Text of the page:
Childbirth Part VII The V approach to child-rearing.


After our first child, Leslie, was born, and we began to get the hang of nursing, life seemed perfect. That is until Leslie began to get mobile, She began to get into things and the more she did the more unhappy we got. We had been taught in college psychology classes that children were born perfect and that the less we interfered with their explorations, the happier and emotionally healthier our baby would be. We were taught that discipline, especially spanking, was why there are wars and the like. The child-rearing theory we had learned, said children who are hit by their parents are being taught that hitting is OK. So we let Leslie do pretty much whatever she wanted and we tried to give her as much freedom as possible, within reason. There were exceptions, like not letting her play near the wood stove.

As you might imagine, as Leslie began to break things, including my stereo, we became more and more unhappy. Like most parents who use this system of child-rearing, we had to keep putting our valuables higher and higher, so she couldn’t reach them. At the same time, Leslie was becoming more and more of a tyrant. If the Martians had landed near our home and asked us to take them to our leader, we would have taken them to Leslie. Not only were we becoming more unhappy, but so was Leslie. There seemed to be no end to her crying and throwing fits. In the end, she was miserable and so were we!

Child-rearing is not always so easy!

Childbirth, child-rearing, discipline

About this same time, my Aunt Bobbie and Uncle Ward were constantly inviting us to their church functions. We always made up lame excuses why we couldn’t go, until they invited us to a class on child-rearing. They really had us on that one; we didn’t want to go to church but we needed help. So we began attending that class and read the book, “Dare to Discipline”, by James Dobson. As we put those principles into practice, a miracle happened; Leslie got happier and happier and so did we.

The main Idea!

The main idea behind Dobson’s book is that children are not born perfect, instead they are born selfish. They don’t know what is best for themselves, so a good parent will train them to do what is right. God’s word says, “he who spares the rod hates his son”, this was becoming more and more true for us. Though we really did love Leslie, we didn’t feel very loving toward her. As we began to obey this Old Testament teaching about physically disciplining her, things changed. Leslie, contrary to what we had previously been taught about child-rearing, became happier, less violent and we began to feel more love for her again. God’s word worked like magic and it has continued to work for all our young children, and for that matter, our grandchildren as well.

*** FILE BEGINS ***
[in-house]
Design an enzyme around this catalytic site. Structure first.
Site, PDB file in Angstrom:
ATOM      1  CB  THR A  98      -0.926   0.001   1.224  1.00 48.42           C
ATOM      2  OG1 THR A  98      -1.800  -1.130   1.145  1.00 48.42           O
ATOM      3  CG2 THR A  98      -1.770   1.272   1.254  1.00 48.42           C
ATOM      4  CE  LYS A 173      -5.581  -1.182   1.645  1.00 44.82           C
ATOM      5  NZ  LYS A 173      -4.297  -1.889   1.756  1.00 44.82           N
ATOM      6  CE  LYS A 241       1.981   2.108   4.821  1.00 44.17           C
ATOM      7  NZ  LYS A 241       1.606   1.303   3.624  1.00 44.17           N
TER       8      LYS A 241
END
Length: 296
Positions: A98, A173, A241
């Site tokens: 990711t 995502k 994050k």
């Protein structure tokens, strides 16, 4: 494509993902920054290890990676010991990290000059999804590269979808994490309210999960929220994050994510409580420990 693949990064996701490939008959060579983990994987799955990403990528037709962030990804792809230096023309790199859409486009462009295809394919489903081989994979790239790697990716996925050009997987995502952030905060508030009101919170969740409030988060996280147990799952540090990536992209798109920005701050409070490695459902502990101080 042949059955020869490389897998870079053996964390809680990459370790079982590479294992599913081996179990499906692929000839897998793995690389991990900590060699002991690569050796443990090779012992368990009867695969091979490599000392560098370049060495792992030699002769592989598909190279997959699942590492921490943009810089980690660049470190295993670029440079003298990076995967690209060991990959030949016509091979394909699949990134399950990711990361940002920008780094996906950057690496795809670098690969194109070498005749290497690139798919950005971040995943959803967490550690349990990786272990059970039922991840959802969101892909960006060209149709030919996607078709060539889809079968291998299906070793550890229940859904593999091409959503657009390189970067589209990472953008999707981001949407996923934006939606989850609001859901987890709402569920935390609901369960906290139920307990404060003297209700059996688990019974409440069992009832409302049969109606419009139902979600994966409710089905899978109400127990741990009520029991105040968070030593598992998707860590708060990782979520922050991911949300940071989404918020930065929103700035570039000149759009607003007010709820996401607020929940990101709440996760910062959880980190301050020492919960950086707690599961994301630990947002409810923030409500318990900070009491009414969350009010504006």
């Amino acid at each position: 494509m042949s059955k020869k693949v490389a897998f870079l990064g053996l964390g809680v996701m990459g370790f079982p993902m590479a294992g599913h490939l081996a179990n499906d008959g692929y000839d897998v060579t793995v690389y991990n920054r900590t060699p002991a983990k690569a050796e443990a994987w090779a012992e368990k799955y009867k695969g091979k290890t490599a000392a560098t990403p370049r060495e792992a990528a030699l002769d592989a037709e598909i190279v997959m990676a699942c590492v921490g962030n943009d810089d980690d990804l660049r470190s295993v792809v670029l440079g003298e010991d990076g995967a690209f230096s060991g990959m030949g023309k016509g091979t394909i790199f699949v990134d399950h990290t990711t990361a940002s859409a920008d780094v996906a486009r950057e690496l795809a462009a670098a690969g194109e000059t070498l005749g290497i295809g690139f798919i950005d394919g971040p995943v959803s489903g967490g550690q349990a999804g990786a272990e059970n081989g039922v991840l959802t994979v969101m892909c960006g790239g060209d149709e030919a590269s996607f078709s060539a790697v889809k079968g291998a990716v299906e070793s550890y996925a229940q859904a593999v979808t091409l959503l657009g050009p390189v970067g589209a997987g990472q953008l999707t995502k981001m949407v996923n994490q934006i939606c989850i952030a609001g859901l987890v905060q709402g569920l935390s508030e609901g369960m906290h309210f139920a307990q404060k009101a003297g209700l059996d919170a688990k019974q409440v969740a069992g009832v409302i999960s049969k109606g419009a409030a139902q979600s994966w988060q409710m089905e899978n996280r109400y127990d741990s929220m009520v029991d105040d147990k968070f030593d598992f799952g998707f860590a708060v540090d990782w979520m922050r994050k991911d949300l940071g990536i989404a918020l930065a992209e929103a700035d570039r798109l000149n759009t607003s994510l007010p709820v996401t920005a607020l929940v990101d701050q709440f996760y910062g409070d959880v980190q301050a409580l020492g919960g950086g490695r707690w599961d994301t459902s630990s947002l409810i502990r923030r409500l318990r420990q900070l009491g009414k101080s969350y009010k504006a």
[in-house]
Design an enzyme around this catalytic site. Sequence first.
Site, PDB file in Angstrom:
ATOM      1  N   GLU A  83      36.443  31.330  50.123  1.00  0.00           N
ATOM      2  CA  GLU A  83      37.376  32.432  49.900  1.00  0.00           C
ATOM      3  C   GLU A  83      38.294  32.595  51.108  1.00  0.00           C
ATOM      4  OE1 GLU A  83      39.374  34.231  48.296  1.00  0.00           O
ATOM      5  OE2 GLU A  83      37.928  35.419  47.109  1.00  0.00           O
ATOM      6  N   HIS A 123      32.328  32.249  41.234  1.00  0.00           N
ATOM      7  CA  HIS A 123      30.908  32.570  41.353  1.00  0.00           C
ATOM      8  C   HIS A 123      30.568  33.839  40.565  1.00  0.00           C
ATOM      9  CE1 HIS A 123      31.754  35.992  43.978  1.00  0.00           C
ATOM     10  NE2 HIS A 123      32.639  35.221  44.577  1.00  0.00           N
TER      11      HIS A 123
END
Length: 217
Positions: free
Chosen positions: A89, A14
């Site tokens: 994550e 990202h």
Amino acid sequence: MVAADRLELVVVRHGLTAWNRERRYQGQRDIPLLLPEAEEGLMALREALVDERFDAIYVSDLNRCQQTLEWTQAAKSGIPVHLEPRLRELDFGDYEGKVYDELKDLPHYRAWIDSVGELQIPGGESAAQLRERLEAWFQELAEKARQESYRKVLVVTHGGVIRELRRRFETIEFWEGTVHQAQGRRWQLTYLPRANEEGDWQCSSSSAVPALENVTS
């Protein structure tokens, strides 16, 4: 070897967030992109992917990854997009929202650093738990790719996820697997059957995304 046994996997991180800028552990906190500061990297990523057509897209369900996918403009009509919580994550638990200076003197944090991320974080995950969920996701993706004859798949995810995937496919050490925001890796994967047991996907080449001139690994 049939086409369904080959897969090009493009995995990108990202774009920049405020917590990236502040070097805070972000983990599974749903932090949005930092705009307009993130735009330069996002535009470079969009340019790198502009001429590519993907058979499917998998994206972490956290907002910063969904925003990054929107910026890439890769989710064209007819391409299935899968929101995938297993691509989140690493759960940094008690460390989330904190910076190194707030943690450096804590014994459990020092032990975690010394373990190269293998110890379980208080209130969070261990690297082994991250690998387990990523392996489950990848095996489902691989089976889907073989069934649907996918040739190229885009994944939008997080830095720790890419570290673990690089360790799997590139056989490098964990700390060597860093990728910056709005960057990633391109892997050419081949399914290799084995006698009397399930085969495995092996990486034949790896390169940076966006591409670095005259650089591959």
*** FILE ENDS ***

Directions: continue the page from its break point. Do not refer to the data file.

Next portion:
Unfortunately, the magic didn’t last!

Now it would be great if that was the final chapter to a beautiful story, where Shary, Leslie and I skipped off into the sunset together as she grew older. That philosophy of child-rearing worked so well that we thought we should use it on Leslie for the rest of her life, wrong! All our children benefited from that system till they were about 12 years old.

People used to compliment us on how well behaved our children were and how much fun they were to be around. But when each of them hit puberty we began to have some serious problems. Friends began to tell me that maybe I should lighten up a little, they even quoted the Bible where it says not to exasperate your children. My response was,  “everything exasperates a teenager”. We finally had to come to the conclusion that letting go had to take place sometime and maybe it would be better to let go a little at a time until they left home. This method of child-rearing would gradually prepare them for adulthood instead of totally controlling them right up till they turned 18 and then all of a sudden thrusting them into the world where they made all their own decisions.

Making the change, taking a chance!

I remember when I made the final change in our child-rearing technique, Nathan was pushing to attend the high school dances. I had gotten into trouble at dances and up till this time had told the kids they couldn’t go. What good can possibly take place by putting kids of the opposite sex in a dark room together? Well,  Nathan continued to tell me how not going would ruin his life. So I sat him down and told him all the reasons this was a bad idea, then told him he could make up his own mind. I figured I had done a pretty good job making my case, but he didn’t even hesitate, he decided to go.

When  Nathan got home he told me all about the dance and how lame it was. If I had held firm it would have become bigger than life. He would have hated me and been convinced that dances were better than they typically are. The most amazing thing that happened is that he talked to us about it afterwards. Before, the kids would not talk to us, there was no walking them through anything because we did not communicate.

We had gradually moved through the three distinct philosophies of child-rearing.